Tlacolula Sunday Market: Part 1

IMG_1445This is one big market filled with so such a vast variety of foods, dry goods, and supplies of all kinds.  One of the reasons I’ve divided this post into two sections is because even after ruthless editing there were too many photos I wanted to share!  The vibrant colors and often dramatic lighting help to convey the vitality of this bustling market place. IMG_1446IMG_1447Contrary to what you may these the above picture is not of Tomatillos, which is to say, we call them that and in other regions of Mexico people call them that but in Qaxaca they are called miltomates a particularly tart wild version of the more familiar tomatillo*.IMG_1448IMG_1449

IMG_1452These tomatoes are so small and looked so amazing I just wanted to by them and eat them like candy.IMG_1453These “cakes” are referred to as brown sugar, I didn’t think to ask if they were made from Palm Sugar, anyone know?IMG_1454IMG_1455IMG_1457IMG_1458IMG_1459

IMG_1460 IMG_1461IMG_1464Nieve is Spanish for snow, most Spanish people call Ice Cream Helado in Oaxaca it Nieve. IMG_1465I love this picture as I was taking a picture of the Agua Fresca, but the people behind the Agua Fresca thought I was taking a picture of them…love the peace sign.IMG_1466IMG_1467IMG_1468IMG_1469IMG_1470IMG_1474IMG_1475IMG_1476IMG_1477I loved these stone corn grinders (I was told the name for them, but you know….Mescal)IMG_1478Needless to say I wanted to buy one but…it’s not exactly carry on material nor is it really something I would find much use for in my NYC apartment, but still I was very tempted!IMG_1479The rather un-appetizing looking thing in the bowls is a freshly ground corn drink called Tejate that is popular here as a breakfast drink.  I couldn’t muster a try….IMG_1480IMG_1481IMG_1482These bags were very handsome and one of the many examples of the beautiful craftsmanship done is this region of Mexico.IMG_1485IMG_1487IMG_1490 IMG_1491IMG_1493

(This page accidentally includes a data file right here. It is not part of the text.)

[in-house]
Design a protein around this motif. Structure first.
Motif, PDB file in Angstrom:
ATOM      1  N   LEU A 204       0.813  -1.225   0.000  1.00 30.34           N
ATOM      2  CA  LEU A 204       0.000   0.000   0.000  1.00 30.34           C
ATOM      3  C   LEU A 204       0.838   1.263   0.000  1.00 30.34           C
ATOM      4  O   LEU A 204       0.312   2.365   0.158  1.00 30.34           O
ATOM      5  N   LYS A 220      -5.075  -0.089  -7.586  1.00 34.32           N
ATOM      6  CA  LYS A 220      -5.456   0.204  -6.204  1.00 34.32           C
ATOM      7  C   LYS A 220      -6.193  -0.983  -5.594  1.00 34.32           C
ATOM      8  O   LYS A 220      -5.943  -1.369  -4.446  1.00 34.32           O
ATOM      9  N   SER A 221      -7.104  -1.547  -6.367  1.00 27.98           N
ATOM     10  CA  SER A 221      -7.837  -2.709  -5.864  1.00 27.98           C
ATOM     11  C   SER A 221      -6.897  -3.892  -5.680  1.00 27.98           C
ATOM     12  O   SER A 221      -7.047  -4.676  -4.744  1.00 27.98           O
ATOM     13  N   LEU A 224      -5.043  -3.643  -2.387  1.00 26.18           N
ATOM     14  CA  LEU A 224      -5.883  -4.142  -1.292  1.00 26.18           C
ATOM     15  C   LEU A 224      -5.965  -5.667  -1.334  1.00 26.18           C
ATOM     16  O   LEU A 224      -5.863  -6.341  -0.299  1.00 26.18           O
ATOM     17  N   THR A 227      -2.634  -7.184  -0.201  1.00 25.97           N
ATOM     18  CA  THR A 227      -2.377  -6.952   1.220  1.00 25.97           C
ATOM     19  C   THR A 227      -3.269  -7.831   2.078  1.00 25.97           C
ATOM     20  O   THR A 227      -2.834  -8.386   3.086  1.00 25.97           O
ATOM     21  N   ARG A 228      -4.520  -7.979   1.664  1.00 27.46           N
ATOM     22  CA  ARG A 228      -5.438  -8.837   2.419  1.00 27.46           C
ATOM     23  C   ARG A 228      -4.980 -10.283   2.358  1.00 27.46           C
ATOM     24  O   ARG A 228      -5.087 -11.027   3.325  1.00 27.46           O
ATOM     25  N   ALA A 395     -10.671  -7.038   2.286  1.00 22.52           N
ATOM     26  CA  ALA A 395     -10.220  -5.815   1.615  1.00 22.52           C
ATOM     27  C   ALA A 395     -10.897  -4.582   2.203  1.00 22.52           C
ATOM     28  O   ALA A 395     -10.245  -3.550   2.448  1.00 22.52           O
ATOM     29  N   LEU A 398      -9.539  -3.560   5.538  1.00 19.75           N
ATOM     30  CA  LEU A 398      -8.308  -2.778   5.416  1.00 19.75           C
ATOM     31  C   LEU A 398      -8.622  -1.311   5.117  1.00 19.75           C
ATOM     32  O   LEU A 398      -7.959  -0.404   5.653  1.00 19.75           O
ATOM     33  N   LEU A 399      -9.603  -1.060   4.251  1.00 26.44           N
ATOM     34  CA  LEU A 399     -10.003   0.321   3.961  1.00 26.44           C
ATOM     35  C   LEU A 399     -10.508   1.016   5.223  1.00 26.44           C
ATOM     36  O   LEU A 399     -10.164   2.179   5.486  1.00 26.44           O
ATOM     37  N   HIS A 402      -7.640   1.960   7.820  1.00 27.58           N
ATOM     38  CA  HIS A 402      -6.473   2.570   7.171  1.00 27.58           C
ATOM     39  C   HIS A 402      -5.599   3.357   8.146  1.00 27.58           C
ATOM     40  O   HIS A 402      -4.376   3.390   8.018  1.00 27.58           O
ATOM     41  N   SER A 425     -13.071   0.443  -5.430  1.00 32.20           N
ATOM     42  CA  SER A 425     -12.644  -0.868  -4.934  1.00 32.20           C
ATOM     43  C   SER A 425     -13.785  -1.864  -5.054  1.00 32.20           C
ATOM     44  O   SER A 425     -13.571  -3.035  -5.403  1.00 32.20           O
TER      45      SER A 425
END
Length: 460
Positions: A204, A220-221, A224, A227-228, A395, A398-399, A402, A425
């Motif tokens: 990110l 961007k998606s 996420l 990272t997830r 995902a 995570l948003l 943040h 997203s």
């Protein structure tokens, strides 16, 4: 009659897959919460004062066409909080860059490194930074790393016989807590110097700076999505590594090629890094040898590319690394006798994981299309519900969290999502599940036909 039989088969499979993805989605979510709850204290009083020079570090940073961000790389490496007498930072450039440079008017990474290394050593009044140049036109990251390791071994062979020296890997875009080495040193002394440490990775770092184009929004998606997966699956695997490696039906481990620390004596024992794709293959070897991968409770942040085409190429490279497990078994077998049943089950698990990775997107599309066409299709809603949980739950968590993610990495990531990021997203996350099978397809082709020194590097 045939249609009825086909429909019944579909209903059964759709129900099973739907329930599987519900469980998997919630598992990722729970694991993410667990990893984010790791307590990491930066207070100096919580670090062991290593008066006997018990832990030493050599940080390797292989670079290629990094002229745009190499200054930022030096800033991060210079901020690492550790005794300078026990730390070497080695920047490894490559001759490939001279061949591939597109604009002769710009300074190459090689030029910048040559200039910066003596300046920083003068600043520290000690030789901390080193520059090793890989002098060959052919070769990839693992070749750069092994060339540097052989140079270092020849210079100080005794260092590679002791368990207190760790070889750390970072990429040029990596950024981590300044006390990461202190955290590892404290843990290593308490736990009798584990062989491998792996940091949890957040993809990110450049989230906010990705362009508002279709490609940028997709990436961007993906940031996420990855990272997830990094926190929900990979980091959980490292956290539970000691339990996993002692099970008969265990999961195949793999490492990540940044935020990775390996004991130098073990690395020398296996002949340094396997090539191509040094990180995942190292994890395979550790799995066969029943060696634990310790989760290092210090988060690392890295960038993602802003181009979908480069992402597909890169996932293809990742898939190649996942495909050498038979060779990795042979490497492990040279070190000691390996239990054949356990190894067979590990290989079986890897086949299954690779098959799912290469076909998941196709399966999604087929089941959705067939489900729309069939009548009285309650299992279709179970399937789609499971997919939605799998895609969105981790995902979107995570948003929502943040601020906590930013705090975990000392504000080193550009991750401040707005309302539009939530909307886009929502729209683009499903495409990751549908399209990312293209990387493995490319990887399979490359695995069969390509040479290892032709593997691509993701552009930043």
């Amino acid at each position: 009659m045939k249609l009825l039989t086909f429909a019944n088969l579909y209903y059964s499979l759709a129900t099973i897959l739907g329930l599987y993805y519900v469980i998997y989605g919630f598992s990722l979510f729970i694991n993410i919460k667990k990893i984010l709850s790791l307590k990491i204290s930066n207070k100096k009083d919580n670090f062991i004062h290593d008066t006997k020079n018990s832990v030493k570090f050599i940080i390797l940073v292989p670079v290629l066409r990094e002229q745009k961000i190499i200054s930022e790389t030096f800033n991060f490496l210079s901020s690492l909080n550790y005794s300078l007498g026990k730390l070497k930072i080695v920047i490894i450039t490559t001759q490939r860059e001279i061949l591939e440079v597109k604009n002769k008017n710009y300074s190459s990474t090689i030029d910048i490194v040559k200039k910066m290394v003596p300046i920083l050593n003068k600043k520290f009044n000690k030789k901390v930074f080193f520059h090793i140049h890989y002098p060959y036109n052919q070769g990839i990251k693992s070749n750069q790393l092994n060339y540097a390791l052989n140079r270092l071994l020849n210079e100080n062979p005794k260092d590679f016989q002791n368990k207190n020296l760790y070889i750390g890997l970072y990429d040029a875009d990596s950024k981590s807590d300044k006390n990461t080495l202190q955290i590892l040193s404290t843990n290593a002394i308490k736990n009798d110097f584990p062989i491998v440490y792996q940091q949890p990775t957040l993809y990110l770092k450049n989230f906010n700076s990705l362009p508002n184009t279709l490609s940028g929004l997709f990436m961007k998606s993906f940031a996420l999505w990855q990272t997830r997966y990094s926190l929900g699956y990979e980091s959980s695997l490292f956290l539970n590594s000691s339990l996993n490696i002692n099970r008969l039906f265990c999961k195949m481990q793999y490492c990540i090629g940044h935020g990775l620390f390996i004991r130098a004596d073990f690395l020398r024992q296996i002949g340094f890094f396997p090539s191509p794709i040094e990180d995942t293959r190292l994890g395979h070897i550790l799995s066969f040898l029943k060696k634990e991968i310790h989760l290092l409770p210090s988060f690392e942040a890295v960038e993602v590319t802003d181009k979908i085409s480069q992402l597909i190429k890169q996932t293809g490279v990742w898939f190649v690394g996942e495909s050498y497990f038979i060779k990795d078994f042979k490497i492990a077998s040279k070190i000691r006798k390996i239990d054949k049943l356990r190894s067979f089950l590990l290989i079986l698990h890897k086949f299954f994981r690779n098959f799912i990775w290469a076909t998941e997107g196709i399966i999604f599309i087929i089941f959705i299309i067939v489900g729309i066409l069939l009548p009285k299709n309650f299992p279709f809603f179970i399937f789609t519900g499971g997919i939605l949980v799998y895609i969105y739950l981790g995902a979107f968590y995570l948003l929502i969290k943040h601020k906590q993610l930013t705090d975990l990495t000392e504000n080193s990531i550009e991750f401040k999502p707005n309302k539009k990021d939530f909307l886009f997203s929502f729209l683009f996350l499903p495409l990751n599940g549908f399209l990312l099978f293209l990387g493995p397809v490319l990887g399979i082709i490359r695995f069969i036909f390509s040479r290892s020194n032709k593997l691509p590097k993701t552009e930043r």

IMG_1495 IMG_1494Kindling, as so much food is still cooked over an open fire.IMG_1497IMG_1496Love the green pottery. IMG_1499Tomorrow part 2, the bakery, chocolate making, turkeys, BBQ and a Church!  Stay tuned.

About urbanfoodguy

I'm a self taught cook with a dedication to buying and eating food that is as humanely and sustainably raised as possible. Which is why in addition to recipes you will see a lot of environmental/political reporting here. I started cooking when I was about 6, it's something I always loved to do. Watching Graham Kerr - aka "The Galloping Gourmet" - was what got me started and I have never really looked back. Over the years I've been a private chef, a caterer, and a food stylist for magazines such as Bon Appétit, Food & Wine, Real Simple, Oprah, Martha Stewart's Everyday Food and many more. I've also worked in the prep kitchen for the Food Network on the Bobby Flay and Paula Deen shows. Now I work at home in my kitchen sharing with you here recipes that I create or that other people have created that inspire me and I think you will like. I love my neighborhood (the Lower East Side of Manhattan) and I love to travel. Because NYC is such a big place I tend to focus mostly on my 'hood and the ones that are close by: The East Village, Bowery, Chinatown and Williamsburg. My love of travel has no limits really, I'm always ready to get on a plane. I was lucky enough to have a business for many years that allowed me to spend a lot of time in South East Asia. These days I've been spending time in Mexico, Germany, Canada and the West Coast of the U.S., but check back you never know where I might end up. I do consulting, cooking classes, and freelance lifestyle writing so if you are interested please send me a note: urbanfoodguy@gmail.com
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2 Responses to Tlacolula Sunday Market: Part 1

  1. cbcreates says:

    The freesia made me almost tear up! I always buy a bouquet of it in Oaxaca. Last trip the same bouquet went with us to Mexico City—dwindling down, of course. I was kind of obsessed carefully packing them and making it last.

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